Gold can flow from East to West (it has done so before) but not likely anything out of China. Probably in the next bull run both sides demand gold coz their both in the same shit. And let’s be honest, most Chinese that bought since 2013 did not do so to sell when it’s 30 % higher.
            Confiscation by the State Council is a risk. My friends in the mainland fear this. Perhaps that’s why so many Chinese withdraw and hide it ;-)

          • sb

            I agree the 2013 crash was caused by disinvestment of gold by different classes of investors when became apparent that the USA economy was getting better.

            But I think that 2014-2015 continuous bear market was mainly momentum trading by hedged fund as shorting paper gold become a popular trade among speculators. There are many facts confirming this
            a) increasing futures net short position of managed money
            b) negative futures basis
            c) dropping gofo rates in London, they are lately often negative
            d) the fact that only small fraction of the gold sold in London was from ETFs, sold gold was mostly owned by banks, e.g. a few hundred tonnes were from unwound swaps between some banks (mostly likely Citi) and BIS, even BIS leased its 100mt outright owned gold

            The bear market could exist because there was enough gold left in London vaults to sell to East. This pool of gold has been now significantly depleted.

            As for China I agree that it is more likely than not that gold won’t flow back from China to West.

          • rowingboat

            As we have witnessed with India in recent years, the market will find a way if gold trades at a significant premium in London vs. China.

            With a rising price, Chinese consumer demand will probably fall as it will elsewhere in the world. However, investment demand is far more important and will probably increase because Chinese investors too are looking at U.S. monetary policy as key price driver (according to Shandong Group):

            http://www.lbma.org.uk/assets/events/Conference%202015/Presentations/Transcripts/S5%20-%20Jiang%20Shu.pdf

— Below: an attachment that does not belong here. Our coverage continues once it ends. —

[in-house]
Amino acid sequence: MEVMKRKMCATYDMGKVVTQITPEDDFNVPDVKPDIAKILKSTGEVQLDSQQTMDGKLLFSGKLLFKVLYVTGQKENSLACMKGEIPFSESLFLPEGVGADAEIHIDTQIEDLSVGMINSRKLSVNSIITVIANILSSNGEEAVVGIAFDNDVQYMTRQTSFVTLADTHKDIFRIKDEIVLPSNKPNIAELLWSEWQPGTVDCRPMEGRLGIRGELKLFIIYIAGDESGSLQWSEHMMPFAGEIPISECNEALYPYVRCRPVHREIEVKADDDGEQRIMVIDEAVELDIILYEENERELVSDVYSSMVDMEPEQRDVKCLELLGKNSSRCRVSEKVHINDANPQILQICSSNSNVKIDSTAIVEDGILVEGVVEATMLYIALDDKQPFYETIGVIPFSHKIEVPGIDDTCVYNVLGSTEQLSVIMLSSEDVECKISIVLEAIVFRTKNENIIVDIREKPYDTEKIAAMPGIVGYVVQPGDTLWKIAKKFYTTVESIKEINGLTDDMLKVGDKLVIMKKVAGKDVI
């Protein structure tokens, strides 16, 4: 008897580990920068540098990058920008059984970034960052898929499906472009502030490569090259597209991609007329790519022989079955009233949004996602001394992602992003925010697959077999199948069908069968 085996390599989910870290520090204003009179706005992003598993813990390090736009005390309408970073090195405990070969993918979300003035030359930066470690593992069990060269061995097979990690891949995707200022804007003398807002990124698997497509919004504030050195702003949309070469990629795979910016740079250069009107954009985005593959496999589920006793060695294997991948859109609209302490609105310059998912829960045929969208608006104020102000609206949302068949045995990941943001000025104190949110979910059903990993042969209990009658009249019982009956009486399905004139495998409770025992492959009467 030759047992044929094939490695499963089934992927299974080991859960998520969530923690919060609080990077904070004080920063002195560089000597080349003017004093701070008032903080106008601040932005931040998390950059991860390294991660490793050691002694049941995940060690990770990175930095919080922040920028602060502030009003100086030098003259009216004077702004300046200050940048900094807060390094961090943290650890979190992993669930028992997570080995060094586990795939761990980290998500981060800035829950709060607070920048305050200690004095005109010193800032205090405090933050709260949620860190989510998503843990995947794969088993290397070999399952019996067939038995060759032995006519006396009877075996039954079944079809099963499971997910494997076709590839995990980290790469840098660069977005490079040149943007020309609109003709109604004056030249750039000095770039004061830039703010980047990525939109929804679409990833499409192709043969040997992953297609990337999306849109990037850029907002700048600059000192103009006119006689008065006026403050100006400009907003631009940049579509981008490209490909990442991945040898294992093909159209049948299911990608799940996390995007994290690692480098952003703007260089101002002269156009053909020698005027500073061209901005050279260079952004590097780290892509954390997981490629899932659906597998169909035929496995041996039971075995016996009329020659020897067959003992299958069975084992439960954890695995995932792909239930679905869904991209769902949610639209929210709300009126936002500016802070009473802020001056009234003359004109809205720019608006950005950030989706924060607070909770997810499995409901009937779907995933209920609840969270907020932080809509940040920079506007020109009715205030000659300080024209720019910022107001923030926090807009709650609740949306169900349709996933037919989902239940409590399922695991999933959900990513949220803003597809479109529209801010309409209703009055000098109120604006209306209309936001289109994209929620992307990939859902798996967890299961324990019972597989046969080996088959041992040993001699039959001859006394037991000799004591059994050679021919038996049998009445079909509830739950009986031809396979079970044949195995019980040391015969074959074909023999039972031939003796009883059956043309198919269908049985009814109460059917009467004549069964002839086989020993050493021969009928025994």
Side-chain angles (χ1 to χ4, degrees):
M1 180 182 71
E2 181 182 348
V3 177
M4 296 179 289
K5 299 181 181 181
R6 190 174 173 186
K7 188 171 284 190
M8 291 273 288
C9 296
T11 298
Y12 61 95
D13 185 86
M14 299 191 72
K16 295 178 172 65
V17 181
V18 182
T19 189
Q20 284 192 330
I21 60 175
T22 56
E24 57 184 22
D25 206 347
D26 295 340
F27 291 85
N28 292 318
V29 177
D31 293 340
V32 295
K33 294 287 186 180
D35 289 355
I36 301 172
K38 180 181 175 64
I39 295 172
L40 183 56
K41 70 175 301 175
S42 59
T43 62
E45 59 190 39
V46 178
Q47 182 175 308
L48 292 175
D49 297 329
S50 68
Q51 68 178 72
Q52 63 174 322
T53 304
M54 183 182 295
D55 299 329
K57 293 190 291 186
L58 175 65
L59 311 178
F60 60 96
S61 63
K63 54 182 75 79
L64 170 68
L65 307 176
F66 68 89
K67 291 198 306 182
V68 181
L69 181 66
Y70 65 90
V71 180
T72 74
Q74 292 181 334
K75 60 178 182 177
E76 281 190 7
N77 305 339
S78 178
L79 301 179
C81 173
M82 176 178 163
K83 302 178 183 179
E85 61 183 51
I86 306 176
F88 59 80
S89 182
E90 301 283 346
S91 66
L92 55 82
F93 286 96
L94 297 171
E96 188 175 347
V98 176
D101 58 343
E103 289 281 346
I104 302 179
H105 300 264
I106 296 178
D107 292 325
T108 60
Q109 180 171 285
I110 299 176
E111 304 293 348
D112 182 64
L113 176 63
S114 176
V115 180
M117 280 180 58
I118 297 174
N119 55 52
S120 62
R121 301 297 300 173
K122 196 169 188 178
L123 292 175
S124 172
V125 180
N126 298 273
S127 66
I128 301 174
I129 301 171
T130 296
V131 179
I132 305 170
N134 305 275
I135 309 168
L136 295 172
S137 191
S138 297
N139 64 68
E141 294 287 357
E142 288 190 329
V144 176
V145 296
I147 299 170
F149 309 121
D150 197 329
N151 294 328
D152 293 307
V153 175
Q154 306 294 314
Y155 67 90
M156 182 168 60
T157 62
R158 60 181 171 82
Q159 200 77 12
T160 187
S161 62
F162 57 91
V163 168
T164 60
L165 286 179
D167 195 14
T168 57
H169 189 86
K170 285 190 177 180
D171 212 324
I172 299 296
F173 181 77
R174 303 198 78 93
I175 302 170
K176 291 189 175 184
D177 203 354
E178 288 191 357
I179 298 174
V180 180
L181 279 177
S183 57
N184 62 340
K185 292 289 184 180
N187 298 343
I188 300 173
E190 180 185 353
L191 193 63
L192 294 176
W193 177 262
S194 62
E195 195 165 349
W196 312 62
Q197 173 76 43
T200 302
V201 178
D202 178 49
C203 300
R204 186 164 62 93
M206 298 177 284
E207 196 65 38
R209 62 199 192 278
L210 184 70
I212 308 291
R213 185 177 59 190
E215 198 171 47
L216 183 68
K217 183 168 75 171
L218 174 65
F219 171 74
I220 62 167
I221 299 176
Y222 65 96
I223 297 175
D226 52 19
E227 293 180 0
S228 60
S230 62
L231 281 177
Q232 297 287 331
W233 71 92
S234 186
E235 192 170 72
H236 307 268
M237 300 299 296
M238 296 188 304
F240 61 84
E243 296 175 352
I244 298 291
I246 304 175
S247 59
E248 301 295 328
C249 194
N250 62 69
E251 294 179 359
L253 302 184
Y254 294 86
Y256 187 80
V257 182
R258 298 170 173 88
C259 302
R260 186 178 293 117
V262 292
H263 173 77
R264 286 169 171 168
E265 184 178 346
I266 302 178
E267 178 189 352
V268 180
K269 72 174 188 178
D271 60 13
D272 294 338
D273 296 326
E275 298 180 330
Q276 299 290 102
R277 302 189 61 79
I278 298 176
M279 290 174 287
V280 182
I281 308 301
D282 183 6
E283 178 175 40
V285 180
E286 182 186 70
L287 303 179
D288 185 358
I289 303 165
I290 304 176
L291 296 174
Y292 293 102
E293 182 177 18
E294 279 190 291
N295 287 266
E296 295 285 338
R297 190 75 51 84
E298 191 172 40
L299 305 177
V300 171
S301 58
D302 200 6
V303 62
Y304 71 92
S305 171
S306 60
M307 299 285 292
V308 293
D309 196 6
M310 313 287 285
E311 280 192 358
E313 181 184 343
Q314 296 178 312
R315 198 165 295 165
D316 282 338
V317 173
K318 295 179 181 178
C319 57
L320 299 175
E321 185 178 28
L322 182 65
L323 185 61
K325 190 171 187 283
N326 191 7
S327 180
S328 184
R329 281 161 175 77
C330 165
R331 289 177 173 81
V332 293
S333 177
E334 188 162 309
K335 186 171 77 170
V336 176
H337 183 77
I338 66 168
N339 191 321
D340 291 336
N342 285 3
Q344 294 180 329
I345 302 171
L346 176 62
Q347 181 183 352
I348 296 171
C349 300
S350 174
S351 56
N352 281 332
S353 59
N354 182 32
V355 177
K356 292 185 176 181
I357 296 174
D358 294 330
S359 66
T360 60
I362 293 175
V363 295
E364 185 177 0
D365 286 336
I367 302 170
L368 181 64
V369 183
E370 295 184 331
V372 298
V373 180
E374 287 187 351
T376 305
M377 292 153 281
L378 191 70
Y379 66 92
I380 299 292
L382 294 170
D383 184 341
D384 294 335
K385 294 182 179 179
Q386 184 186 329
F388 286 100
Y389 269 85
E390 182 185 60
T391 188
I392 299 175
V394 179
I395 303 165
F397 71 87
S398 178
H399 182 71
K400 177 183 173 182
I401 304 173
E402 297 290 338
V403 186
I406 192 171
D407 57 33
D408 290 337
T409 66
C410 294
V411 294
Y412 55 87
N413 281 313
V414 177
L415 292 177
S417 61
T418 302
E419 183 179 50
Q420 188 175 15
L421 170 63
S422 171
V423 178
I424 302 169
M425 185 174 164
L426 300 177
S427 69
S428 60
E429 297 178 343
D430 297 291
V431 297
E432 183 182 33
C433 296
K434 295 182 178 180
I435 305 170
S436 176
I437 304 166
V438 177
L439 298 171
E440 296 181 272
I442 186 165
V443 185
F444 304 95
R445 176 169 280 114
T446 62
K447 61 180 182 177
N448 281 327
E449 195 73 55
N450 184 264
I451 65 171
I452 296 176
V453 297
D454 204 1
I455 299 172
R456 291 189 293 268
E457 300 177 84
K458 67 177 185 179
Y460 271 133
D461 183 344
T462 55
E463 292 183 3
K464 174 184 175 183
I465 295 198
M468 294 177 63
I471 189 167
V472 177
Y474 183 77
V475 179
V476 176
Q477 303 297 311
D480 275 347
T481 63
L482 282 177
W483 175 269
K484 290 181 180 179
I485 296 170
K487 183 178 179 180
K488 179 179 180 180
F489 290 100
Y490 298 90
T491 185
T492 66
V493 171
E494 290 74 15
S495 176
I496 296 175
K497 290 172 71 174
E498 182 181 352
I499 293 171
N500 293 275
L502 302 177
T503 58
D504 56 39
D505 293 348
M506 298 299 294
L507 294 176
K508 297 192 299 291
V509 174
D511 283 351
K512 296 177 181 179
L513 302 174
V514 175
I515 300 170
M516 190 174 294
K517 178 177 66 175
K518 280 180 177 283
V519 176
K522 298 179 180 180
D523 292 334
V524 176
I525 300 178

• blasater

            Jan– Totally agree with what you wrote. It is amazing that London and the west have been willing to see so much supply go to China. Central bankers in the West are not stupid people. They must have a plan. I cant help but wonder if they are working out a “Bitcoin” type solution of scarce block-chain to be a gold substitute or replacement. (If such a thing is even really possible). At any rate do you foresee a drop in Chinese drop in demand that will be coupled to collapse of their economy or will demand remain strong? Thanks!

      • rowingboat

        Personally I think we’re already there, re the bull market. I’m looking for proof of falling London holdings and rising price trend. These are the numbers I now have for London, very round numbers:

        3500mt Monetary (Feb 2006 BOE number)
        3000mt NMG split:
        1700mt post 2005 and 1300mt before 2006
        Most of the 1300mt supports the unallocated trading system
        Most of the 1700mt is ETFs, about 1200mt

        I had been looking for one more bearish year of 500mt drain. That drain may still happen but it won’t be a bear because Western investor psychology has changed, a stunning reversal of expectations of Yellen interest rate hikes.

        • sb

          I also think that it is likely we entered another bull market. The world economy seems to be on a verge of another recession, which caused gold to break important technical levels. I am expecting now a pullback in gold, the magnitude of this move will show how strong gold is.

    • rowingboat

      The proper context is to first quantify how much gold had been imported into London, about 4100mt after 2005 (Western institutional demand).

      In the last three years about 60% of that (2400mt) has been dumped (net basis) and exported East because they/we wanted it more. Institutional investors in the West are now re-evaluating their position, so will the trend of the past three years continue or reverse?

  • 59LesPaul

    Any idea how much gold India imported in 2015 and from where?

    • rowingboat

      Click on “Chart” in the link below then scroll down. On the left hand side is a pie chart showing from where India imported its gold in the prior month.
      Switzerland is always the main supplier, approximately half the total.
      From the Swiss trade data, Switzerland exported 517mt to India in 2015.

      http://www.infodriveindia.com/india-import-data/gold-bar-import-data.aspx

      • 59LesPaul

        Many thanks.